All our stuff, when looking at a three year road, you can say “Let’s go for it”. You know on a two year cycle, remember if you take these things out, there’s a large percentage of your team that can’t actively work until they’re back on. Let’s take advantage, let’s rip out stuff that we don’t want or upgrade stuff.

We now use – I’m going to get a bit geeky for a second but – we now have possibile of deferred rendering and basically that means you can deal with more lighting and more light sources. In the past on old-gen I could only have one primary light which is basically a light which casts shadows on things going in front of it. Now I can have infinite numbers. That’s wonderful, right? That’s a world of difference for things like campaign where you’re trying to set a certain mood and type of vibe, or zombies where 70% of your work is lighting, you know, setting the mood and atmosphere. It’s massive, you know. You now have per-particle lighting – particles moving in front of shadow-casting light sources and change colours as they move. Things that sound simple, but we’re all about the overall atmosphere and bring you into a world. That’s just lighting, let alone animation, bone counts, sound systems, taking advantage of new hardware and DSPs and all this good stuff- AI systems, you can change the archetypes running around the world. The list is endless. We kinda had to cram that into a year and a half before the project really got going.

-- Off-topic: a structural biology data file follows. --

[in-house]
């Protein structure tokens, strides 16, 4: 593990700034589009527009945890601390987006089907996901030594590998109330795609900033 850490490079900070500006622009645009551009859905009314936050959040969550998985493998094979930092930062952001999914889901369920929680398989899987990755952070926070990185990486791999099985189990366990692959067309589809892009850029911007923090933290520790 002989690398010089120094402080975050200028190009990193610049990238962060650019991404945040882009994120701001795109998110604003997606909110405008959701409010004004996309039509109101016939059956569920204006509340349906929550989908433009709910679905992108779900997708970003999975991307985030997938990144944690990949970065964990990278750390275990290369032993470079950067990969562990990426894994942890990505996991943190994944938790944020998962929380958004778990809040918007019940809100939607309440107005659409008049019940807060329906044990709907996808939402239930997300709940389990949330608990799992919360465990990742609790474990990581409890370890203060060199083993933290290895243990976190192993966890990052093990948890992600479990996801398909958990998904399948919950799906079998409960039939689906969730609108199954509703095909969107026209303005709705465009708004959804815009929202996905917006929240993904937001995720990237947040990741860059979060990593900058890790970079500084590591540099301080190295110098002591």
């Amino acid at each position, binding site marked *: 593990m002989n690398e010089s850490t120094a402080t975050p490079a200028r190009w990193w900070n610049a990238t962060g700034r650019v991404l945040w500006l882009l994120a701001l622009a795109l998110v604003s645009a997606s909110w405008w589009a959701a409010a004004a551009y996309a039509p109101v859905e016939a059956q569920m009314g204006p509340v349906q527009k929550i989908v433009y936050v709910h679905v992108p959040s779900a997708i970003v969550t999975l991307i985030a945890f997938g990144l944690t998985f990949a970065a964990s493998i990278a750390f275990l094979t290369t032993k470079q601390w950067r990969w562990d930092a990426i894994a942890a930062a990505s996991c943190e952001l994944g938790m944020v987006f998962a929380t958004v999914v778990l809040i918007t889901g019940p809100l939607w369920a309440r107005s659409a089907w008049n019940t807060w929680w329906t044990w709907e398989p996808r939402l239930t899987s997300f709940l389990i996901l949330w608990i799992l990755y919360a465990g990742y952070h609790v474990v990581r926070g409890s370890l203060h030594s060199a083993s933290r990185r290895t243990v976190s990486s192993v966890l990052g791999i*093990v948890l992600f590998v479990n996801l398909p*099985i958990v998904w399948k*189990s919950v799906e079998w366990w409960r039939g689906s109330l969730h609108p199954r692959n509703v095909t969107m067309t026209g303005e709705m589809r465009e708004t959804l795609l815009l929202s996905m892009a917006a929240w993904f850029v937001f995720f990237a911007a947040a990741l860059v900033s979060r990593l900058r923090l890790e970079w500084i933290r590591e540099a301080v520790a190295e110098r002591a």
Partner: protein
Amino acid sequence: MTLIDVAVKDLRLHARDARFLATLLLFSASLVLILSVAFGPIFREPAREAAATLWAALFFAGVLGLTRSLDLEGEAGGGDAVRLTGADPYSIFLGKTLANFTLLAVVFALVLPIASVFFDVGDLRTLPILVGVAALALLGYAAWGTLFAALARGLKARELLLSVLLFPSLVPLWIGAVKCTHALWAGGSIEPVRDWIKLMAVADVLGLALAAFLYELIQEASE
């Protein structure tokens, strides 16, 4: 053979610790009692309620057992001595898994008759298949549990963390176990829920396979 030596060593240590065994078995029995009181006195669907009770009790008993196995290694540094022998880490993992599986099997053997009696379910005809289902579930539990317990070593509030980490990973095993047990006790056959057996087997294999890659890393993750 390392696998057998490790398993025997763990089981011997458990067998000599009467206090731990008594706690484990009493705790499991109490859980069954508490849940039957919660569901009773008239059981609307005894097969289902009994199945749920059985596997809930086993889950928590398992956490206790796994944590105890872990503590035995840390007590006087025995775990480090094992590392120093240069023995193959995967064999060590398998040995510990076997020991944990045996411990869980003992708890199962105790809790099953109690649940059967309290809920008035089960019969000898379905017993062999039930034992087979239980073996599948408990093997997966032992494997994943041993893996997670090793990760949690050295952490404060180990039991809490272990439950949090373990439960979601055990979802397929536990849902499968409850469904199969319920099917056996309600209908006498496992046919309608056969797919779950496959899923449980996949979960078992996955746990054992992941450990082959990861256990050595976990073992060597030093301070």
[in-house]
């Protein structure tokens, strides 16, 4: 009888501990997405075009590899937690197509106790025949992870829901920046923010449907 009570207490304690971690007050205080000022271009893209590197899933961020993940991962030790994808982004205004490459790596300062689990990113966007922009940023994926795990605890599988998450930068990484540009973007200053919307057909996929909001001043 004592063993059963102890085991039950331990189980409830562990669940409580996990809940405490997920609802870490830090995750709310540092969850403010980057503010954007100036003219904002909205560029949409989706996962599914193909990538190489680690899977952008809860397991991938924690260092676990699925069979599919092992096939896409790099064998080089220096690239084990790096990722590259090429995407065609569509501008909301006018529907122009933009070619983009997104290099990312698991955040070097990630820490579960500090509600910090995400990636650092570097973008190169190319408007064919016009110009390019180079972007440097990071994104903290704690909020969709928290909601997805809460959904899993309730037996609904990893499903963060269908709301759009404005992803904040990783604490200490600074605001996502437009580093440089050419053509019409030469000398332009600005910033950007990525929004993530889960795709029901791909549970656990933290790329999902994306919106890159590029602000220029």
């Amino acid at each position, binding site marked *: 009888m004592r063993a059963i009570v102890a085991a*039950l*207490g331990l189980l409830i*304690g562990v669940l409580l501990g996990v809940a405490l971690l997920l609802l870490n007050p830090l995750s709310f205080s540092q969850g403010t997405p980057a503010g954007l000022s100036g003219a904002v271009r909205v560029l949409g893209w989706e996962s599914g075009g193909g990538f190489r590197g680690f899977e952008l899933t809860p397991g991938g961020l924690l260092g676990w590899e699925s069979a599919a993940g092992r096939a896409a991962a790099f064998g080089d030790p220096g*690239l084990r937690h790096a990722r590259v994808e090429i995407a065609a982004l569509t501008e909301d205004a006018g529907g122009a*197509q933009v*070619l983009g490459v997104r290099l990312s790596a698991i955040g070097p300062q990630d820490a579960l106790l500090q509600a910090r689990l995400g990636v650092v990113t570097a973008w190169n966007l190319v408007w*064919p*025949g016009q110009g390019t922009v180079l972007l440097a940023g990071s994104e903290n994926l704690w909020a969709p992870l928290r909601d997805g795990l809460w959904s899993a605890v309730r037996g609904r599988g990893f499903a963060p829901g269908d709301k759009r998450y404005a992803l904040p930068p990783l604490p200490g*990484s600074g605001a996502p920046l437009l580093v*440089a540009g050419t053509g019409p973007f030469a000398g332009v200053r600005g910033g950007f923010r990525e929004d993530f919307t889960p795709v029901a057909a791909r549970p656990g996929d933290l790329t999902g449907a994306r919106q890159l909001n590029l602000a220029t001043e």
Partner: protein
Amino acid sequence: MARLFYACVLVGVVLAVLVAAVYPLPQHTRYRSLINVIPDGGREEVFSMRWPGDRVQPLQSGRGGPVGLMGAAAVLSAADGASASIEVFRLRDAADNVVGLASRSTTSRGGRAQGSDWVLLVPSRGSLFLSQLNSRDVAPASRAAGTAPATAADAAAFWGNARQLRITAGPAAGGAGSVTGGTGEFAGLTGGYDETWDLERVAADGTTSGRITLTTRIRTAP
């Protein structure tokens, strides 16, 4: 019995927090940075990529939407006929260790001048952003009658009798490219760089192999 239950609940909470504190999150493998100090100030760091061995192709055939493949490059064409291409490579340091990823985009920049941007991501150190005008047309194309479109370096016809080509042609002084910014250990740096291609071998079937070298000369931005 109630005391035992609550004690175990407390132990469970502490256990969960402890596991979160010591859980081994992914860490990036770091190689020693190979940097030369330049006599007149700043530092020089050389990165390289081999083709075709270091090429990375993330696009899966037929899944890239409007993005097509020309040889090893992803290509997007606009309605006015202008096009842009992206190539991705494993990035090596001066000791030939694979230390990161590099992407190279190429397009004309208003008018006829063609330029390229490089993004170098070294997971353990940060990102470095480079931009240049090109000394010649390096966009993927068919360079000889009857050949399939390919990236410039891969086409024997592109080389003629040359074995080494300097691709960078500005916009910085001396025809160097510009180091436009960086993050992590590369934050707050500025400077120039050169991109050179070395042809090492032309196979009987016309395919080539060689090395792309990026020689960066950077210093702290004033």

GT: Of all the changes as your platform moved forward into the current gen, what exactly has been the biggest help to you as a developer?

JB: It’s interesting, because as developers we’re big crybabies. Every time a generation of hardware comes out we always say “Oh, if only I had a bit more memory. If only I had a few more cycles on the CPU, or on the GPU!” Then we get it, fill it and go, “if we only had a few more cycles.”[laughs] Our job is to max it out, to wring it for every ounce it’s worth. You know, I love the fact we have large storage space that we didn’t have before with Blu-Ray being the default media type. All those things I’m naming all make it possible to kind of go after bigger things.


It was refreshing to get to know some of the folks behind the work – the men and women of Treyarch were a great group of people with a really good energy about them. We look forward to the official release of Call of Duty: Black Ops 3 tonight.

Thanks for reading, and stay tuned to as our official review hits later today.